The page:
Building a Regenerative Business Pt 1
The last few months I have been reading two books, 'Call of the Reed Warbler’ by Charles Massy and 'The Regenerative Business’ by Carol Sanford. Both focus on very different industries but explore the idea of regeneration.
In ‘Call of the Reed Warbler’, Massy describes Regenerative Agriculture as more than just sustaining something, but rather an active rebuilding or regeneration of existing systems towards full health... It implies an open-ended process, of ongoing improvement and positive transformation.
‘The Regenerative business’ by Sanford focuses on work design that intentionally develops its members capacities and capabilities, helping them become innovators with a shared commitment and ability to advance the company as a whole. A Regenerative business inspires their employees to use their initiative to create systemic effects that ripple out and improve communities, landscapes and nations.
Both books use real world examples to introduce regenerative ideas, showcasing inspiring farmers and businesses whose innovations have led to incredible transformations. The books showed that a regenerative Colgate employee in Europe and a regenerative Australian farmer were really not so different as they transformed and developed systems to improve what was around them.
There is a lot of information in both books and I will not attempt to summarise here (and titled this Pt 1 because maybe there will be more) but I do recommend them.
Lately I have been wondering how to structure Kokkoya to be both a regenerative farm and business. As we continue to grow, face bigger challenges and build our systems, we need an organisational structure that allows us to be flexible, innovative and creative. Kokkoya is jointly owned by all its farmers so we have a very young team of directors aged 20, 21, 22, 27, 29, 32.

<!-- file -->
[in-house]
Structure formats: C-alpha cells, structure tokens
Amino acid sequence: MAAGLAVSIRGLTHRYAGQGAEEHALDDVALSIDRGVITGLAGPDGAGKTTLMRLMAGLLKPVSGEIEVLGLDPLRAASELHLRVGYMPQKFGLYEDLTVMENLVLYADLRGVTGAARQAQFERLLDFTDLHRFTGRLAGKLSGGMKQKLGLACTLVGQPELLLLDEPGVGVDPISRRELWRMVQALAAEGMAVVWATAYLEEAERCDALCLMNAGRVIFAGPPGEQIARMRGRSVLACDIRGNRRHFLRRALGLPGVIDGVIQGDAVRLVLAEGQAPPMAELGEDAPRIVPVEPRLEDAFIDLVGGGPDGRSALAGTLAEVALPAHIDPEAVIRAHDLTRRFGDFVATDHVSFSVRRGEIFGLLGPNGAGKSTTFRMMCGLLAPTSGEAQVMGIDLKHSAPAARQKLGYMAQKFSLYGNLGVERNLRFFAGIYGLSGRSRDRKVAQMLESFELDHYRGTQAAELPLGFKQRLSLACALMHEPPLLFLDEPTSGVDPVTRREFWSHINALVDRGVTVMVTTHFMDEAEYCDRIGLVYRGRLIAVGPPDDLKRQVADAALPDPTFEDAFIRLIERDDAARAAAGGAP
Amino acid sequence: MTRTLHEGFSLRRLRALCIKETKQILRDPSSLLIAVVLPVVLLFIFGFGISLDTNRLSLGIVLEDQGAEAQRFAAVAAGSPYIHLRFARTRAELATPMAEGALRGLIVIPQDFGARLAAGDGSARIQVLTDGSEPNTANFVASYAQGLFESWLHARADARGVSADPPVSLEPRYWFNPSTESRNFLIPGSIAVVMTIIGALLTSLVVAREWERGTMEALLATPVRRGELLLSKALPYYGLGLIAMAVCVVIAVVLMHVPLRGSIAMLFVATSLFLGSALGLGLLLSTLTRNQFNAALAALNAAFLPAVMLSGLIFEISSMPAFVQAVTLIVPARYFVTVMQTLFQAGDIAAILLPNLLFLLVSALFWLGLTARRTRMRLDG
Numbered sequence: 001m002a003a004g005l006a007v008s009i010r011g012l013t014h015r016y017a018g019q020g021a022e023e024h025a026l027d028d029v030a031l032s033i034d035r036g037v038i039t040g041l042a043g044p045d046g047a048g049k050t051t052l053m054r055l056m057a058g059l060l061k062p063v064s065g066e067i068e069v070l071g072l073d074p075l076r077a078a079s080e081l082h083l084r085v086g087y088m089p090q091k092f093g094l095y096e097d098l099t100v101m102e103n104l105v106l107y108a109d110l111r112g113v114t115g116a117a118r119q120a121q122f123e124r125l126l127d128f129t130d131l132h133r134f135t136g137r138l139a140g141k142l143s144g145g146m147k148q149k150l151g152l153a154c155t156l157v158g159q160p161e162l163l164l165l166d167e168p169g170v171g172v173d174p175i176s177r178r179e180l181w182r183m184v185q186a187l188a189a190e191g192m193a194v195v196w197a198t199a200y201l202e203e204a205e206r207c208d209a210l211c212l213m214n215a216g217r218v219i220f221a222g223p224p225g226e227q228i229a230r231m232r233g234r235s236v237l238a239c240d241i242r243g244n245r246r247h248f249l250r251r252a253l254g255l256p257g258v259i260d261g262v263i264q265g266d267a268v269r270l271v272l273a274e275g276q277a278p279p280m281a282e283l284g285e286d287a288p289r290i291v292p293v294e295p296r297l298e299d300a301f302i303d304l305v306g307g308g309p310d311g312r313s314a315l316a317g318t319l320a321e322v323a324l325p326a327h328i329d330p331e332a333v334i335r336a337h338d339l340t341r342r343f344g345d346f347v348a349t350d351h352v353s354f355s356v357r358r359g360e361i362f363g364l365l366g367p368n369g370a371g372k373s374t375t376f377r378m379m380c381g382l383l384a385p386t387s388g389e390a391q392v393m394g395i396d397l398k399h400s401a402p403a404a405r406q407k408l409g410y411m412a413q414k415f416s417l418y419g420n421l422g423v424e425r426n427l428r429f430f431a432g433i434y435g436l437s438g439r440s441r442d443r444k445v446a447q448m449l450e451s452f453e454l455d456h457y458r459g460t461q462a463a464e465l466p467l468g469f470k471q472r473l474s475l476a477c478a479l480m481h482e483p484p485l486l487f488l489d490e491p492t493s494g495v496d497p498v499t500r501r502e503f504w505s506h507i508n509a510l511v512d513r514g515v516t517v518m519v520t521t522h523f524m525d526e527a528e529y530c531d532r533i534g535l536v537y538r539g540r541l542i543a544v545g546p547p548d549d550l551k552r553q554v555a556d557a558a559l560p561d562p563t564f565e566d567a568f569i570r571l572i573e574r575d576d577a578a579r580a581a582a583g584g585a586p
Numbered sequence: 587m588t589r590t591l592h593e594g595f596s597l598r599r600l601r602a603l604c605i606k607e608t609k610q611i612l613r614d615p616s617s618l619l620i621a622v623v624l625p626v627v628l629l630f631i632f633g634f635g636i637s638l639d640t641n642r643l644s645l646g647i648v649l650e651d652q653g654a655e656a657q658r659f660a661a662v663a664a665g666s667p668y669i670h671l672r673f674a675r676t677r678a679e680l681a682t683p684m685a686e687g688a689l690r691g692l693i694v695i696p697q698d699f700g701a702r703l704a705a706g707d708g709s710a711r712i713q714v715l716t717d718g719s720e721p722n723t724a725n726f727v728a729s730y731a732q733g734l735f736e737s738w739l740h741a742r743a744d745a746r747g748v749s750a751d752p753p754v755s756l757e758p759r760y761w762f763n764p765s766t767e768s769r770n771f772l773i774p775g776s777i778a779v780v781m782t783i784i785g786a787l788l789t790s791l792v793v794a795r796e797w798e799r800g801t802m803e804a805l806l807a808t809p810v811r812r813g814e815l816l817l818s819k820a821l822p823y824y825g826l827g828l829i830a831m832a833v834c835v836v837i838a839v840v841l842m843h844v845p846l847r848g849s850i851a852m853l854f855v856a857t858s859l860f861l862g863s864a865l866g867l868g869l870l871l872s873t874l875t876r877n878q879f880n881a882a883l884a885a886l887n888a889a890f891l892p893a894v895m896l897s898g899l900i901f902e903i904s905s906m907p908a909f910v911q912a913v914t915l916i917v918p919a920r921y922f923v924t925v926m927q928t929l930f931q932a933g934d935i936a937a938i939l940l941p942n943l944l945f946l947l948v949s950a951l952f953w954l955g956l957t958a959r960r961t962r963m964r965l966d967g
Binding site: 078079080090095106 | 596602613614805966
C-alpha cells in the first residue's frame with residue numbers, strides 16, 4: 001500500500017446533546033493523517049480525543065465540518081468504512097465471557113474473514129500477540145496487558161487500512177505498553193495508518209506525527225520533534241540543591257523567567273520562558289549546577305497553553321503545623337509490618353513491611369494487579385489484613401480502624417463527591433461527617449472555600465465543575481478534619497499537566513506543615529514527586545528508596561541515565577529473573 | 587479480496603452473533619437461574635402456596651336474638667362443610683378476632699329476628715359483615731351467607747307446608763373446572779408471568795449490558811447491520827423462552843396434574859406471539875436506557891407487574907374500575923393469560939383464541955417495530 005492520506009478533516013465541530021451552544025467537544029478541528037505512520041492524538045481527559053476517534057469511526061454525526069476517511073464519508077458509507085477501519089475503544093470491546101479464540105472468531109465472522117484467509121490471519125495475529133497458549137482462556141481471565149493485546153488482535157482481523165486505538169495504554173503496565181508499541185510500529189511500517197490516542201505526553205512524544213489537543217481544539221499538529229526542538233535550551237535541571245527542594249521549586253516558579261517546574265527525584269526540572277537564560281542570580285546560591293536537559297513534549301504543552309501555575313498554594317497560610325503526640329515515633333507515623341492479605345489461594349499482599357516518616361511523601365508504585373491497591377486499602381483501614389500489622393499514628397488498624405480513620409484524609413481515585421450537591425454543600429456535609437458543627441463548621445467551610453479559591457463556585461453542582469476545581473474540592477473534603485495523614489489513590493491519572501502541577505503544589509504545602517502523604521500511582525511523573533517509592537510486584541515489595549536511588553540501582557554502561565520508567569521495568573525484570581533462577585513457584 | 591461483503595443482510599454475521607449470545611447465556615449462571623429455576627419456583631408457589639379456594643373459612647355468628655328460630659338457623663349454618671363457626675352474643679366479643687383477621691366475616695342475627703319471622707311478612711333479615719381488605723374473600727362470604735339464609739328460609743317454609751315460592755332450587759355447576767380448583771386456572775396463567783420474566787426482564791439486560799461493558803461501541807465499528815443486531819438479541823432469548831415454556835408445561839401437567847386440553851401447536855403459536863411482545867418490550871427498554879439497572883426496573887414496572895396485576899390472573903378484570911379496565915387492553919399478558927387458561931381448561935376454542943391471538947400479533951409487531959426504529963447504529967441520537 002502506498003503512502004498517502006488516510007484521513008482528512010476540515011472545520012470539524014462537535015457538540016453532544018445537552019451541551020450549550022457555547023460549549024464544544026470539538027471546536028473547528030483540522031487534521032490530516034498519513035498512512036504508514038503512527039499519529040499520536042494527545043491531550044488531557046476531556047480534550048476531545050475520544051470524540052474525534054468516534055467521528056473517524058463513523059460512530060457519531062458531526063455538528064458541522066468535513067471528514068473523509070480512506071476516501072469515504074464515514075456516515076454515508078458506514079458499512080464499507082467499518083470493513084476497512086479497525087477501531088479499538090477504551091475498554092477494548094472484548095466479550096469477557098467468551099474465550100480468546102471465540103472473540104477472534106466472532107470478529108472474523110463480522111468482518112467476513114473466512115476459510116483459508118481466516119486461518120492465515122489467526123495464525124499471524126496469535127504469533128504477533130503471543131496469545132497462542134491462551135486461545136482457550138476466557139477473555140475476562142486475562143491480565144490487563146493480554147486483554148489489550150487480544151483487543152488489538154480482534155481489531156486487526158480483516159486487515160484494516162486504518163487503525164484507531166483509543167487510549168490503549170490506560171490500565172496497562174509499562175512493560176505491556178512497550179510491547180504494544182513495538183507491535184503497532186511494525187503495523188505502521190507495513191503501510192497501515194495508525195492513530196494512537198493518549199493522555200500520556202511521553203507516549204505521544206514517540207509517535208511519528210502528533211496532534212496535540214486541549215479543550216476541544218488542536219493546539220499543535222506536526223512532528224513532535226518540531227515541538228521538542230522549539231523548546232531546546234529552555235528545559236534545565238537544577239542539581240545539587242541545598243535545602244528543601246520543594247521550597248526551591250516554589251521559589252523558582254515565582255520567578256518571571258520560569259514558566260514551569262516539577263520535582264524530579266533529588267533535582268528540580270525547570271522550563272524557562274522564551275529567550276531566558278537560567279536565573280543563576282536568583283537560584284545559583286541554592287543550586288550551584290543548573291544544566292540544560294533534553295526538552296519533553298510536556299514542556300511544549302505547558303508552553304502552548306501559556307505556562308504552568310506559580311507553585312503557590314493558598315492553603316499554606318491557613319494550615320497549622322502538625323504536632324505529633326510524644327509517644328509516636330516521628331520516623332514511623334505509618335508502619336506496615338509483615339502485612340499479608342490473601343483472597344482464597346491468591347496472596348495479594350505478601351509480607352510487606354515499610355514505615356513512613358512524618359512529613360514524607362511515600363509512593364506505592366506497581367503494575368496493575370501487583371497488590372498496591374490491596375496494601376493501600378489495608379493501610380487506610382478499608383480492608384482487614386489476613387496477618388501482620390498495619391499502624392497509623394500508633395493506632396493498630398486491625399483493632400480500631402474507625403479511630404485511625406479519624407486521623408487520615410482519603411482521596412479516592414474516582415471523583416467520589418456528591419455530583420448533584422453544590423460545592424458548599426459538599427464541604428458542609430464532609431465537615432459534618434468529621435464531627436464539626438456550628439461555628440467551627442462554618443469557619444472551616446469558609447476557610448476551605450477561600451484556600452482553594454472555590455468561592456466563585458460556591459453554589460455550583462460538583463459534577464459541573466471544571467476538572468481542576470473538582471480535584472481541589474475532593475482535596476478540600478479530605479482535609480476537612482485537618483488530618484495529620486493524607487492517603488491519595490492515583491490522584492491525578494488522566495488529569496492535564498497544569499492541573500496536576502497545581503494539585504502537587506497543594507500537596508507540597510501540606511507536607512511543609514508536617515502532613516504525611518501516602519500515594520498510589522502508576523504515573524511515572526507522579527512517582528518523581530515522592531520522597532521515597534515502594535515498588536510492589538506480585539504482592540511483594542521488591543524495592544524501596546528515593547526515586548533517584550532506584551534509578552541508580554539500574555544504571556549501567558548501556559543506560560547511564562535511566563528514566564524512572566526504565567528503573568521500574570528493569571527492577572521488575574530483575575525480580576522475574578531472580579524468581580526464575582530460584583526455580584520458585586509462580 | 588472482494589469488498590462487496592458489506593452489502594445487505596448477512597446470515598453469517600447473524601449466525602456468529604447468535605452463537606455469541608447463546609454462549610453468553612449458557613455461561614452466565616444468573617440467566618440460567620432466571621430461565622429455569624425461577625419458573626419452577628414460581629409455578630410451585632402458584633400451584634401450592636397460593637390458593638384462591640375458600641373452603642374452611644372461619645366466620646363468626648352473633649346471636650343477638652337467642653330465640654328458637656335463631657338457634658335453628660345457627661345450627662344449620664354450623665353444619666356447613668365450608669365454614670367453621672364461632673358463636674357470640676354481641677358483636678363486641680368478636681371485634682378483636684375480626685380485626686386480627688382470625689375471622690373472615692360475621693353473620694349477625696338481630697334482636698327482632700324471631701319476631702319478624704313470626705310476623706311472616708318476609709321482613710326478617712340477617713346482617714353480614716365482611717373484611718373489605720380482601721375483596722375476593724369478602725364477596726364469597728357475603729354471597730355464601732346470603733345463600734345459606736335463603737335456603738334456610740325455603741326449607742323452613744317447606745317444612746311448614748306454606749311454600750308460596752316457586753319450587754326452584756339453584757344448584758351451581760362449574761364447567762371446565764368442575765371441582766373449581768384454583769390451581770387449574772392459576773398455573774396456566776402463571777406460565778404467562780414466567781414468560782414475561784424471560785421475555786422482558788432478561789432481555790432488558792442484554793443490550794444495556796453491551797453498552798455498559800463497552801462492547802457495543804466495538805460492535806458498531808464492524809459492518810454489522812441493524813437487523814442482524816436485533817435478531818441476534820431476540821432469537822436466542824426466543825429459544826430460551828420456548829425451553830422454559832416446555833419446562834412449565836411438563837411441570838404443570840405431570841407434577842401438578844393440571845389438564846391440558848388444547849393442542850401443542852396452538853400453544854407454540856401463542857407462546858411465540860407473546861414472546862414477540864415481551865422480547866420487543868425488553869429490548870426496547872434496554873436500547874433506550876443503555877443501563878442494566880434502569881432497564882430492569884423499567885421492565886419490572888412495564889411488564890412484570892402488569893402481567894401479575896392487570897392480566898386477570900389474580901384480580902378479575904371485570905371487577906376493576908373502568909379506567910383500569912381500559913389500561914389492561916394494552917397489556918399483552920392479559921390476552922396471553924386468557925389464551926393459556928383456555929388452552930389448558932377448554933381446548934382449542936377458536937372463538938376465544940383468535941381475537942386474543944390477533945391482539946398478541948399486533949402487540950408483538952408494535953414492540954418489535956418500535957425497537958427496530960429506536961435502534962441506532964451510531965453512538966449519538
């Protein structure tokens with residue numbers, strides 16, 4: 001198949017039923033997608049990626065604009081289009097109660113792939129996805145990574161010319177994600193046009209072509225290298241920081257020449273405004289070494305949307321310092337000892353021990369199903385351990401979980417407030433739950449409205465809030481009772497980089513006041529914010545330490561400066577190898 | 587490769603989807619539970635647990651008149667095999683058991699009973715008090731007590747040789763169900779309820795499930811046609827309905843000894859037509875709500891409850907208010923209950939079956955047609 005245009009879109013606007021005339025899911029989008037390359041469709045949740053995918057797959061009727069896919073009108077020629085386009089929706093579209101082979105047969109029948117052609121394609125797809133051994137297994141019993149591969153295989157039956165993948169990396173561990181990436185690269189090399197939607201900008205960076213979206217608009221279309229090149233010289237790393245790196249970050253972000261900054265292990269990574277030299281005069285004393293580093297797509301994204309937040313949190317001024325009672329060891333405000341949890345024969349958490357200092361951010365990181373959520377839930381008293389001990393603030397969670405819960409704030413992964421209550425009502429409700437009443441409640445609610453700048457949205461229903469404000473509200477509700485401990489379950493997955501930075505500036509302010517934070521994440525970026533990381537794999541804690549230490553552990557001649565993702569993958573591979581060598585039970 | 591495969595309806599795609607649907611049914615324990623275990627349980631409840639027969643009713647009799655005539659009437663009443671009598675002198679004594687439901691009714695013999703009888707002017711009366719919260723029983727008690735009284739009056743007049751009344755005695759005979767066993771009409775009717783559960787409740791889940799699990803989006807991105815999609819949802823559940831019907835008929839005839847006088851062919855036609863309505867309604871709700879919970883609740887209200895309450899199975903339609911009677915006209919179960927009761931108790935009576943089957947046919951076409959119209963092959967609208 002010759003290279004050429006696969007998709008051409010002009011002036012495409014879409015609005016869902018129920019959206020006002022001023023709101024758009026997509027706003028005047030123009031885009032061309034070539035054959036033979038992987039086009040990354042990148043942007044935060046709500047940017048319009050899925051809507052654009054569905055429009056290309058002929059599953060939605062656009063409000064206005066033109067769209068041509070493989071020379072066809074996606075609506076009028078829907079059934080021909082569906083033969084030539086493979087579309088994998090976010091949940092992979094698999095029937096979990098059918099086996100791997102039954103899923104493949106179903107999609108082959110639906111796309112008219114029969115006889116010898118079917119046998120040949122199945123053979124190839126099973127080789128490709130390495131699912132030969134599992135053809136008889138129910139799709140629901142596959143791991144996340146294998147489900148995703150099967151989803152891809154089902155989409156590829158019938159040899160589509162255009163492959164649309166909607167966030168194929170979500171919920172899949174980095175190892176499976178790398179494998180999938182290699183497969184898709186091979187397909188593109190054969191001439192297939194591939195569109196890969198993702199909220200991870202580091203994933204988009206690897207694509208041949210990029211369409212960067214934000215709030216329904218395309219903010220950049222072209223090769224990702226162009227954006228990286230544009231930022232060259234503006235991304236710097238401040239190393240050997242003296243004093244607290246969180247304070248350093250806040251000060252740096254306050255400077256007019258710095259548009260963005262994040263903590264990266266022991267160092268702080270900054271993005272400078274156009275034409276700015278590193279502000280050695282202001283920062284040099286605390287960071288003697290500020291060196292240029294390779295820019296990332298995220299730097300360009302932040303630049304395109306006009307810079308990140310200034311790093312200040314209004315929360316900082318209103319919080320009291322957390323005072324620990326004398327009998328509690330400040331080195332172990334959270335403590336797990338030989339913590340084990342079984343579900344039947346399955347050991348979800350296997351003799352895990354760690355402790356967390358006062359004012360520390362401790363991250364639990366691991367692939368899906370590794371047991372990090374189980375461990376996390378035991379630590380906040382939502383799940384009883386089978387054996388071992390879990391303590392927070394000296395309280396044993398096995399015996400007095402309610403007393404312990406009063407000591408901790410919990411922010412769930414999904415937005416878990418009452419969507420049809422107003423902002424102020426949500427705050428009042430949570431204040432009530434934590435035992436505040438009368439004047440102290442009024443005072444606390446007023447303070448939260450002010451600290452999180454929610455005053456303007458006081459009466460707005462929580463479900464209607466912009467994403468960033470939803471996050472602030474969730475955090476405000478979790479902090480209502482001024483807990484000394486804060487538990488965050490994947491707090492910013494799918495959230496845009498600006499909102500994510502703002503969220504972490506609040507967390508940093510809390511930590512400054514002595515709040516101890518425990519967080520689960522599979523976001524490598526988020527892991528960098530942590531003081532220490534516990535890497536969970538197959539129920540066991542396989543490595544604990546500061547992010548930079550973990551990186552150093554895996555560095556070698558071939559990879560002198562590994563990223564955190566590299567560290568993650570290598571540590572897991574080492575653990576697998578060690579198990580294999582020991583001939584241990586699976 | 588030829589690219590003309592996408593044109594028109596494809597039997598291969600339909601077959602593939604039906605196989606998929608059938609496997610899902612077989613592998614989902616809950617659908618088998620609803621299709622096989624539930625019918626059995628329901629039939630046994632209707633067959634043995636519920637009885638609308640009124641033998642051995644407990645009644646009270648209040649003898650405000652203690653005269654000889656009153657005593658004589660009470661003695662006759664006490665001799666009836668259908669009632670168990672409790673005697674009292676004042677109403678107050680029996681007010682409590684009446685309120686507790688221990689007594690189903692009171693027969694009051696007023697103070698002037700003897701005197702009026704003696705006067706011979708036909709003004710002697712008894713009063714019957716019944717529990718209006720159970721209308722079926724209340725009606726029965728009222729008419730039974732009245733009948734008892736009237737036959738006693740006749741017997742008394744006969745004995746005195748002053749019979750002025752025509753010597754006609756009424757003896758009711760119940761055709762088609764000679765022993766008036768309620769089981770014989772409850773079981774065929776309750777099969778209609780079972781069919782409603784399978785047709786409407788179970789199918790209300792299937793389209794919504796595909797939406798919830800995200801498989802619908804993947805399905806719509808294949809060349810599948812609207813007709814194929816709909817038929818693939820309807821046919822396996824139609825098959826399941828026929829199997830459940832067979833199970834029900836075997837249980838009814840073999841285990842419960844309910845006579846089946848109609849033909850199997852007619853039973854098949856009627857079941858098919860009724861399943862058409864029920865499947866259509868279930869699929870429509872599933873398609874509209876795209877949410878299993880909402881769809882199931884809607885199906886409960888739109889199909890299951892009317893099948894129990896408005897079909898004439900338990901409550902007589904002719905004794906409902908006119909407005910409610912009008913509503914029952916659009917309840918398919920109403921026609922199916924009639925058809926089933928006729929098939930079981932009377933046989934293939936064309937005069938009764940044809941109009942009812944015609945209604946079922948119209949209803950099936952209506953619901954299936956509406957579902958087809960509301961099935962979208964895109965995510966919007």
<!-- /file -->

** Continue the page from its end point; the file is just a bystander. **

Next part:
We spend a lot of time training and developing our young team and it would feel a waste to have them stuck under any hierarchical structure or have them waiting for someone else to tell them what to do.
Bill Gore (the inventor of Gore-Tex) hated working under strict channels of communication so when he started his own company W.L Gore & Associates he conceptualised an entire business functioning like one big team and later called it a lattice organisation.
A lattice organization is one that involves direct transactions, self-commitment, natural leadership, and lacks assigned or assumed authority.
In the following diagram (source) I also like the idea of moving across the organisation rather than just being promoted up. For a small start-up there seems to be more flexibility and strength in the diagram on the right.
So, Kokkoya for now is working towards being a lattice structure, a place where you are not limited and are encouraged to continually self-develop while at the same time improving the positive impact of the company as a whole.
What has your experience been with organisational structures? Any other reading material on the subject you would recommend?